A Government Accountability Office pointed to high turnover rates for top privacy and IT security officials as a reason for the agency's poor performance.
The Housing and Urban Development Department doesn’t have the right policies in place to protect sensitive citizen information the agency shares with the agencies, contractors or financial institutions it works with, according to a new audit.
The Government Accountability Office reviewed HUD’s information security framework per a Congressional request made in a 2018 appropriations bill responding to two 2016 privacy incidents. The two incidents resulted in the exposure of hundreds of thousands of Americans’ personal information.
HUD’s records contain the personally identifiable information of tens of millions of Americans, and the information at risk of exposure due to the agency’s security and privacy gaps includes anything from dates of birth to socioeconomic characteristics and Social Security numbers, according to the audit. Due to the nature of HUD’s work, the agency has to share data with a wide variety of private businesses, contractors and state and local agencies across the country.
The audit, published Monday, compared HUD’s privacy and security policies in place to protect this shared data to four leading practices identified in federal legislation and guidance from agencies including the Office of Management and Budget and the National Institute of Standards and Technology, and found them lacking. HUD did not score above a “minimally addressed” rating on any of the four categories.
“HUD’s weaknesses in the four practices were due largely to a lack of priority given to updating its policies,” the audit reads. “Until HUD implements the leading practices, it is unlikely that the department will be able to mitigate risks to its programs and program participants.”
The four leading practices GAO used to grade HUD are: requiring risk-based security and privacy controls, identifying and tracking corrective actions needed, monitoring progress implementing controls and independently assessing implementation of controls. GAO found HUD “minimally addressed” the first three standards, and did not address the fourth standard.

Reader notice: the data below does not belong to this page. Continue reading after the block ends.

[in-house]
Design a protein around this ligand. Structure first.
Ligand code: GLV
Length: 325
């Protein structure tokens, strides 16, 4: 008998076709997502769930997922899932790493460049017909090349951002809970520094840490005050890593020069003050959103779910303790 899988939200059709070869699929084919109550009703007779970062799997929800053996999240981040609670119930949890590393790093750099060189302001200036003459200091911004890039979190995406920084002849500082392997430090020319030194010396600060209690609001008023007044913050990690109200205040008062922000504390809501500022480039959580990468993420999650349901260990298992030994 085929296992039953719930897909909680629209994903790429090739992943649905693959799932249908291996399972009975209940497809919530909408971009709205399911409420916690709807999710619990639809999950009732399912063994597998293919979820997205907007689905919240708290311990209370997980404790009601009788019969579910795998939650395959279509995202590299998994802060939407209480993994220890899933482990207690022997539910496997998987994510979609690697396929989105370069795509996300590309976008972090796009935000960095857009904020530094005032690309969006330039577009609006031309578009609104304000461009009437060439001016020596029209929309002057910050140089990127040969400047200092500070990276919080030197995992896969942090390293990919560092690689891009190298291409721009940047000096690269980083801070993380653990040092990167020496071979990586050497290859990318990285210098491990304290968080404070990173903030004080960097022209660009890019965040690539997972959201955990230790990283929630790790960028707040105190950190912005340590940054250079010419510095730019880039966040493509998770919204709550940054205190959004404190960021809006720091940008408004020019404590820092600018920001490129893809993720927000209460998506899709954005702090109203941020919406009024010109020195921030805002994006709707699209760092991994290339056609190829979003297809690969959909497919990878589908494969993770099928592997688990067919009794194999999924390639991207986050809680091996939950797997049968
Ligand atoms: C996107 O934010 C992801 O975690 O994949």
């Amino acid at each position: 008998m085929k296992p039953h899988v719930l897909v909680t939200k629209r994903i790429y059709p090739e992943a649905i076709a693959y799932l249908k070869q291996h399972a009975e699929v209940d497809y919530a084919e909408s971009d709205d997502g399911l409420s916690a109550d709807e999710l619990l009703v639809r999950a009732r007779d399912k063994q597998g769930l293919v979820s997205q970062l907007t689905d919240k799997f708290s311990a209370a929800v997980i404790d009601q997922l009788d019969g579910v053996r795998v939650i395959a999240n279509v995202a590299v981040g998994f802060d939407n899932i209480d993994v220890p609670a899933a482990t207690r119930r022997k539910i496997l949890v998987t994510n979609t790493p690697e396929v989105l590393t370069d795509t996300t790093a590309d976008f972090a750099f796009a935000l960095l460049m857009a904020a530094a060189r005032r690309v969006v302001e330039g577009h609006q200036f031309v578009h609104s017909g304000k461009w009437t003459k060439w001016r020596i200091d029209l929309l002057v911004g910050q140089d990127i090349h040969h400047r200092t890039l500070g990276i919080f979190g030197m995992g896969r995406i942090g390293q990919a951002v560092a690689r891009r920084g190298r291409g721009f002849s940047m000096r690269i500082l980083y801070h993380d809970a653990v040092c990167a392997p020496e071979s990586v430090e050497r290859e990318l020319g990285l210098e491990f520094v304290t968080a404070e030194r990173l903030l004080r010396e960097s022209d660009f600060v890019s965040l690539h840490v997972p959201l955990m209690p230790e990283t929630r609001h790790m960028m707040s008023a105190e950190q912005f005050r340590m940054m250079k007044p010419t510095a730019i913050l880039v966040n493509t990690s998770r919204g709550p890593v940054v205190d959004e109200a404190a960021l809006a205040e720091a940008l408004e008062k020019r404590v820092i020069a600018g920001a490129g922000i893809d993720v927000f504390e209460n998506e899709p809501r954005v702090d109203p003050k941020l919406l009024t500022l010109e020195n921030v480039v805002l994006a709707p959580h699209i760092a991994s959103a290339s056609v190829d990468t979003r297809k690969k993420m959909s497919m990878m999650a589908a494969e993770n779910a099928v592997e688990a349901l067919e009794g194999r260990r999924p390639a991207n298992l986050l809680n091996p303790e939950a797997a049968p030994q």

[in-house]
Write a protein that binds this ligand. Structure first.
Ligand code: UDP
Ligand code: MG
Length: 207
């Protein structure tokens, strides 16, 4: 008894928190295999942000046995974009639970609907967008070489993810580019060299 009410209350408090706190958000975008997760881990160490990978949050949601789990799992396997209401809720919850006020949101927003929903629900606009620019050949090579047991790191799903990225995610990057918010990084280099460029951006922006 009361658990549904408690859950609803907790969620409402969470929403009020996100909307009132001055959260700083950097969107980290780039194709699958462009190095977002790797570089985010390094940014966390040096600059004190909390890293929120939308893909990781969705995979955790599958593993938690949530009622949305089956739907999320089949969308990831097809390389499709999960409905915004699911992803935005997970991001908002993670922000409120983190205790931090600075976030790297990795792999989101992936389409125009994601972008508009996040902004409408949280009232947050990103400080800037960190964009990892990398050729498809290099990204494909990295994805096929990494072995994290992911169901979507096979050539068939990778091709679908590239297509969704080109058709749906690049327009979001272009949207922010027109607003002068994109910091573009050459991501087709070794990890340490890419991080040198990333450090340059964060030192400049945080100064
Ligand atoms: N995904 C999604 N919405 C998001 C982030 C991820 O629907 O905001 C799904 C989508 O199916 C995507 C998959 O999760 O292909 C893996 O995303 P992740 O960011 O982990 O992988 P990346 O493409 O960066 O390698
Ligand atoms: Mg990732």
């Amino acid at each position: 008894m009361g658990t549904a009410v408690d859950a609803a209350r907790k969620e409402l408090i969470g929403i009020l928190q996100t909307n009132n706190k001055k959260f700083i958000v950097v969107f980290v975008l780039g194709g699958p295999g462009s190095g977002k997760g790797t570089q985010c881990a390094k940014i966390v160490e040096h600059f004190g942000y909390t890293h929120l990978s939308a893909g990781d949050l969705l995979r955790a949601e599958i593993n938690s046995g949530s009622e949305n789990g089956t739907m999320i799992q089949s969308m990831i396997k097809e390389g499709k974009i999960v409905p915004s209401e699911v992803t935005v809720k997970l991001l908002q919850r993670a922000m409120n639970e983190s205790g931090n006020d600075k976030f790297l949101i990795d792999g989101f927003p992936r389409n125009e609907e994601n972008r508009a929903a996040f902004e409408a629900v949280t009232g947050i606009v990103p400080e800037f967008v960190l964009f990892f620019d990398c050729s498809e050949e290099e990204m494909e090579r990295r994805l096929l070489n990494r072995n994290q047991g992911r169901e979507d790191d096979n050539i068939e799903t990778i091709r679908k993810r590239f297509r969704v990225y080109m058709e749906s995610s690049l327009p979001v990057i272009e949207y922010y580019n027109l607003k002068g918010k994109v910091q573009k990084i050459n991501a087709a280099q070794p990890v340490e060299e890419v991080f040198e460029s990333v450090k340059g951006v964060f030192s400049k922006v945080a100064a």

GAO pointed straight to agency leadership as a reason for its poor performance in these areas, describing high turnover rates for top privacy and IT security officials. The audit also noted responsibility for HUD’s IT privacy program has shifted several times in recent years.
HUD is working with incomplete data as well, GAO found. The agency couldn’t identify all the external entities that “process, store, or share sensitive information with its systems used to support housing, community investment, or mortgage loan programs,” according to the audit. HUD also doesn’t keep adequate track of the types of information it was sharing that required protection.
GAO outlined five recommendations HUD should implement to ameliorate privacy and security concerns. The recommendations ask the agency to ensure its policies incorporate risk-based privacy controls; require independent assessments of external entities with which it shares data to ensure information is protected; require tracking corrective measures needed by external entities to implement best practices; require monitoring of implementation progress; and require maintenance of a robust inventory detailing what information HUD shares and with whom.
But in the brief letter sent back to GAO August 18 regarding the draft version of the audit, HUD Chief Information Officer David Chow did not indicate whether the agency agreed with the five recommendations. The letter included an attachment with comments clarifying two of GAO’s assertions in the audit, which show HUD is making some progress to improve privacy and security best practices. But it did not elaborate further in its comments on any plans it had to implement each of GAO’s five recommendations.
The first comment explained HUD is further into the process of implementing inspector general recommendations related to compliance with the Federal Information Security Management Act, or FISMA, than GAO noted in the draft version of the audit. HUD said it has now either implemented or submitted plans to do so for nearly half of the inspector general’s 30 recommendations, while GAO’s original analysis said it had only made progress on four of the recommendations.
HUD also said this year it created a new privacy handbook, which in its audit GAO said had not been updated since 1995. The new handbook is undergoing an internal review. HUD updated its security policy handbook in 2020 as well, which GAO said was last refreshed in 2014.